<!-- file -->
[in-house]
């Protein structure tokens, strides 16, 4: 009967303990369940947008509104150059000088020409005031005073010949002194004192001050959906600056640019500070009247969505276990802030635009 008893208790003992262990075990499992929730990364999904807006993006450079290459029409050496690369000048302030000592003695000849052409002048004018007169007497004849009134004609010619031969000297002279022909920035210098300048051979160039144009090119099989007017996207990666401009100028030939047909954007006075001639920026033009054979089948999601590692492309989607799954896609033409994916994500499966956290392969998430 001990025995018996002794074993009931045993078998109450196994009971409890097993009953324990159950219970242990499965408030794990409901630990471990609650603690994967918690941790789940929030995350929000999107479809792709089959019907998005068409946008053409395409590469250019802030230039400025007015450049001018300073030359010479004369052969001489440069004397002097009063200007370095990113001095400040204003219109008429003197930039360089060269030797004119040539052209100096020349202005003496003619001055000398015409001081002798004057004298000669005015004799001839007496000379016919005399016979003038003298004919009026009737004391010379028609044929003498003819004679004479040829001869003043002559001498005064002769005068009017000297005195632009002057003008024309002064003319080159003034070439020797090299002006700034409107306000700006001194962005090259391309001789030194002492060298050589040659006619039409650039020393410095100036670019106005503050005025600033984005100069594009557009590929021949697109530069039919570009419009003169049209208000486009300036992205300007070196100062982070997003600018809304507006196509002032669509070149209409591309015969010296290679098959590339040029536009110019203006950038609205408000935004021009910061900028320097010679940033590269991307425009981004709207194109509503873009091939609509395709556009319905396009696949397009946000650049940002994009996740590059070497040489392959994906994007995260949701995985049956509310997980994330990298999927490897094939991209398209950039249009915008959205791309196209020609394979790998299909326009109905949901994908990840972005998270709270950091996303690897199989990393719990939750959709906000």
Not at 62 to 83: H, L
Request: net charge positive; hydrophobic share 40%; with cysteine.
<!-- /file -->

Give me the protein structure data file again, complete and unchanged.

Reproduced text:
[in-house]
């Protein structure tokens, strides 16, 4: 009967303990369940947008509104150059000088020409005031005073010949002194004192001050959906600056640019500070009247969505276990802030635009 008893208790003992262990075990499992929730990364999904807006993006450079290459029409050496690369000048302030000592003695000849052409002048004018007169007497004849009134004609010619031969000297002279022909920035210098300048051979160039144009090119099989007017996207990666401009100028030939047909954007006075001639920026033009054979089948999601590692492309989607799954896609033409994916994500499966956290392969998430 001990025995018996002794074993009931045993078998109450196994009971409890097993009953324990159950219970242990499965408030794990409901630990471990609650603690994967918690941790789940929030995350929000999107479809792709089959019907998005068409946008053409395409590469250019802030230039400025007015450049001018300073030359010479004369052969001489440069004397002097009063200007370095990113001095400040204003219109008429003197930039360089060269030797004119040539052209100096020349202005003496003619001055000398015409001081002798004057004298000669005015004799001839007496000379016919005399016979003038003298004919009026009737004391010379028609044929003498003819004679004479040829001869003043002559001498005064002769005068009017000297005195632009002057003008024309002064003319080159003034070439020797090299002006700034409107306000700006001194962005090259391309001789030194002492060298050589040659006619039409650039020393410095100036670019106005503050005025600033984005100069594009557009590929021949697109530069039919570009419009003169049209208000486009300036992205300007070196100062982070997003600018809304507006196509002032669509070149209409591309015969010296290679098959590339040029536009110019203006950038609205408000935004021009910061900028320097010679940033590269991307425009981004709207194109509503873009091939609509395709556009319905396009696949397009946000650049940002994009996740590059070497040489392959994906994007995260949701995985049956509310997980994330990298999927490897094939991209398209950039249009915008959205791309196209020609394979790998299909326009109905949901994908990840972005998270709270950091996303690897199989990393719990939750959709906000």
Not at 62 to 83: H, L
Request: net charge positive; hydrophobic share 40%; with cysteine.